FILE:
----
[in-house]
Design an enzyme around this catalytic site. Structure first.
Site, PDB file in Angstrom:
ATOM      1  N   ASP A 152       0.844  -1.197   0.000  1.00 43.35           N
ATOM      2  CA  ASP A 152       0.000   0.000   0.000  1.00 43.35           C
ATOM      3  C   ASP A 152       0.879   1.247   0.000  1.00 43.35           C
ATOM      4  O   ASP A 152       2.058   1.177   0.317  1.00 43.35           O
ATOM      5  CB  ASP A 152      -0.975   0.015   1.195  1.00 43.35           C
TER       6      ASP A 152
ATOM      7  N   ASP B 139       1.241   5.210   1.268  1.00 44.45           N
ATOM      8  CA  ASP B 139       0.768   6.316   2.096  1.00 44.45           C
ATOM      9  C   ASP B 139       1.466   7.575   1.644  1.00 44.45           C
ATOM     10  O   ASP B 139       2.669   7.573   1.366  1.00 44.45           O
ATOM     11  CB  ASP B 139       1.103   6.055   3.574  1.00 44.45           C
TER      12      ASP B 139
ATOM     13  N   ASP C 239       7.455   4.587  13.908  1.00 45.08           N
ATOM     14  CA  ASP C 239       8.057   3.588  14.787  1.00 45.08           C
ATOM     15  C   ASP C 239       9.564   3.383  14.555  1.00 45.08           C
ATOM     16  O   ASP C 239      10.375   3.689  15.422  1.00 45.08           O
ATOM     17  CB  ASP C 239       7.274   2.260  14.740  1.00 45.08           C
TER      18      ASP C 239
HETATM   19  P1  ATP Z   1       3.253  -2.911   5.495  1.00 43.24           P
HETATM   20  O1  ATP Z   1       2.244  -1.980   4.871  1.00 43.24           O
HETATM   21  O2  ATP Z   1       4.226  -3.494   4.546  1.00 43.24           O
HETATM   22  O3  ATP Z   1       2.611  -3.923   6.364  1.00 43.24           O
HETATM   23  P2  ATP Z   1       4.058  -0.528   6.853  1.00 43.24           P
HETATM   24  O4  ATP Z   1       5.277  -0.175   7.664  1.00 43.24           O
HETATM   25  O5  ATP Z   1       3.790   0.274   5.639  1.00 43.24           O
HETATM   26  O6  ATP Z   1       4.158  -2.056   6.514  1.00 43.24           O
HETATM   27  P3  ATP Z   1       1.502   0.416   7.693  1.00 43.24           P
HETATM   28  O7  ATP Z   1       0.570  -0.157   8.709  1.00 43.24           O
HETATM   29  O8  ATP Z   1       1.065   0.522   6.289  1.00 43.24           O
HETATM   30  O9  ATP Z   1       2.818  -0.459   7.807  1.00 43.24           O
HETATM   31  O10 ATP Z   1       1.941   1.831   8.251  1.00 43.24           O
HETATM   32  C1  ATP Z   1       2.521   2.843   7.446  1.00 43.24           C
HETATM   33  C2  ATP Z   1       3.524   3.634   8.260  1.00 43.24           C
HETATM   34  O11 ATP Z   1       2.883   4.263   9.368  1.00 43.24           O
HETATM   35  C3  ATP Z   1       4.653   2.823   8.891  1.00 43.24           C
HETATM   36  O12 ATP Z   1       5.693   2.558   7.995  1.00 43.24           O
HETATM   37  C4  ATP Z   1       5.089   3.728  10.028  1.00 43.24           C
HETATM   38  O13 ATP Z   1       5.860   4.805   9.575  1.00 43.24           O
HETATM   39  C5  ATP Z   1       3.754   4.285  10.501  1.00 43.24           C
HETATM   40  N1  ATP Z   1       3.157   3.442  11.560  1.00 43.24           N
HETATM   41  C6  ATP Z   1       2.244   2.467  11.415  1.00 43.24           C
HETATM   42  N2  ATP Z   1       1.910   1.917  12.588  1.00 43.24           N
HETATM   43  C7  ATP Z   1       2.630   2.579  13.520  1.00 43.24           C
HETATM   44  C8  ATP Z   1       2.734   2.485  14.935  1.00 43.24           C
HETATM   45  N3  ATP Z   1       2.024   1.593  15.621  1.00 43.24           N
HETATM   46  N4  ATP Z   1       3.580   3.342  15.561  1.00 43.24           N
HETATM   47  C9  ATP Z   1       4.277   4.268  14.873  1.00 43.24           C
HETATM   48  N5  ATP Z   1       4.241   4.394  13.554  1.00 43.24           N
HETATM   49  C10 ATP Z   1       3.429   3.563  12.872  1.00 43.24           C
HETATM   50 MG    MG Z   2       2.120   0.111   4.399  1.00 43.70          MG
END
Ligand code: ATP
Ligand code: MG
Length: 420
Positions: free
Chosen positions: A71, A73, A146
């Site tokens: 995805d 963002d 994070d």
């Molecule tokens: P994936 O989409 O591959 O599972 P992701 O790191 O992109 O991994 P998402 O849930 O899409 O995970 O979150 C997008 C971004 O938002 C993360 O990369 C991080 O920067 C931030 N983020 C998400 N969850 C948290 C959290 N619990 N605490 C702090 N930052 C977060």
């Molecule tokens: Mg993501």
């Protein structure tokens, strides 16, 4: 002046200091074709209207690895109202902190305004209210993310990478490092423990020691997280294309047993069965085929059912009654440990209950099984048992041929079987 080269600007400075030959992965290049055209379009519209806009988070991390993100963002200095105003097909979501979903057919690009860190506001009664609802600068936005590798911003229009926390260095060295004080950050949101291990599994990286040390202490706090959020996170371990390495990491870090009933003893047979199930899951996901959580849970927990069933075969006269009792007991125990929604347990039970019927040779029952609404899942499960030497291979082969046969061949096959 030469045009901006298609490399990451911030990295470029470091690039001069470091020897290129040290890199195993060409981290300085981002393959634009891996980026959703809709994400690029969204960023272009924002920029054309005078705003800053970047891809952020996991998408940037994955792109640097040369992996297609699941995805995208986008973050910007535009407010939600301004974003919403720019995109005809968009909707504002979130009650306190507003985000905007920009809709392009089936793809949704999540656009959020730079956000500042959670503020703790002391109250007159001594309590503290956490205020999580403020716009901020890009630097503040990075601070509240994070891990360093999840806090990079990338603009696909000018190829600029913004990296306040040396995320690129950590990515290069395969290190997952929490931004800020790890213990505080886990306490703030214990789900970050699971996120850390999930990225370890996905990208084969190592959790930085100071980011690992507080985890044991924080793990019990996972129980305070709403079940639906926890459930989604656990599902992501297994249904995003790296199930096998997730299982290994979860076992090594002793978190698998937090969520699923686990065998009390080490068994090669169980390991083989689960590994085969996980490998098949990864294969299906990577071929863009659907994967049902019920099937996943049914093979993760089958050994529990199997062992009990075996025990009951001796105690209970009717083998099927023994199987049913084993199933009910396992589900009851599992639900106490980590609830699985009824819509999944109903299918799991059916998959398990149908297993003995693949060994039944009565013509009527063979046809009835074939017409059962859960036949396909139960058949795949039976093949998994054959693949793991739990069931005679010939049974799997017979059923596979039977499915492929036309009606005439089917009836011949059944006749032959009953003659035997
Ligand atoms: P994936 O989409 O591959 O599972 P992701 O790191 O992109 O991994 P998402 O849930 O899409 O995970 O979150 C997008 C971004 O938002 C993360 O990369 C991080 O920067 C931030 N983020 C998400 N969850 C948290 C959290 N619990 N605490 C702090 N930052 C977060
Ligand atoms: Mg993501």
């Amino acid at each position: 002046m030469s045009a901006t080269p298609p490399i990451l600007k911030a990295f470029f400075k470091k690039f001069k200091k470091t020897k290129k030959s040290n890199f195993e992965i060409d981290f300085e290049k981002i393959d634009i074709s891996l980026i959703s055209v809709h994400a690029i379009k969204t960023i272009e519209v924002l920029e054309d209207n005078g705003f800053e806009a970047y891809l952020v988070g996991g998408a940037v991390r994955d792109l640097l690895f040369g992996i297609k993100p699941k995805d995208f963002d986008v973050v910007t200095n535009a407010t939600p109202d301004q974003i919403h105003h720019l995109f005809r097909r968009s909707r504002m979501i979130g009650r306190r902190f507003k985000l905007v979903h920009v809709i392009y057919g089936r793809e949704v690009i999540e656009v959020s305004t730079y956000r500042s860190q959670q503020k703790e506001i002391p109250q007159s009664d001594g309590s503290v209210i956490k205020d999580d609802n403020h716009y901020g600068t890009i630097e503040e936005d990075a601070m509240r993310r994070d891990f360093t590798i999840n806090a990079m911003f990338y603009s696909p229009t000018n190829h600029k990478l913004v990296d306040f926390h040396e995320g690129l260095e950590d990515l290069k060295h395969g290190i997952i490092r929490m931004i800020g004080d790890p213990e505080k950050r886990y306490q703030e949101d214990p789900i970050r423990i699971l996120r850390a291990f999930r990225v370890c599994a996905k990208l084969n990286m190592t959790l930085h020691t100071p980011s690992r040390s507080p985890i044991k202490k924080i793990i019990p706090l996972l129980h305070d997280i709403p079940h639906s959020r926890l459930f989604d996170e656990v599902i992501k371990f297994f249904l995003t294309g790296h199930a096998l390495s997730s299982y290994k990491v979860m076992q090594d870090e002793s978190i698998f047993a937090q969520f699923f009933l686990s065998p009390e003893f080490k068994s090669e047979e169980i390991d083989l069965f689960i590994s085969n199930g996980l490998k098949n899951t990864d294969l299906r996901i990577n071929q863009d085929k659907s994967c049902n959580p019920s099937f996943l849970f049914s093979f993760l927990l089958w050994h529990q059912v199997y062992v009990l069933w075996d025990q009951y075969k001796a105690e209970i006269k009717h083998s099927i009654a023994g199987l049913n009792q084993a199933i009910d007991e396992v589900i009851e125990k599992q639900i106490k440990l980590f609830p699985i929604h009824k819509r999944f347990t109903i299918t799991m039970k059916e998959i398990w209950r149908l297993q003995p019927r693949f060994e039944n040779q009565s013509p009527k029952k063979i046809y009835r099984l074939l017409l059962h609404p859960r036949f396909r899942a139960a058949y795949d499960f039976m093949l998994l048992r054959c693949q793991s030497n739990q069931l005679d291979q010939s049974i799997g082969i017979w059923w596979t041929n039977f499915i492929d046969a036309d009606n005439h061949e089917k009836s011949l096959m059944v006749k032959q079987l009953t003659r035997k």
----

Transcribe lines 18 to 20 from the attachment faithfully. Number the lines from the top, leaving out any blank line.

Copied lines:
ATOM     15  C   ASP C 239       9.564   3.383  14.555  1.00 45.08           C
ATOM     16  O   ASP C 239      10.375   3.689  15.422  1.00 45.08           O
ATOM     17  CB  ASP C 239       7.274   2.260  14.740  1.00 45.08           C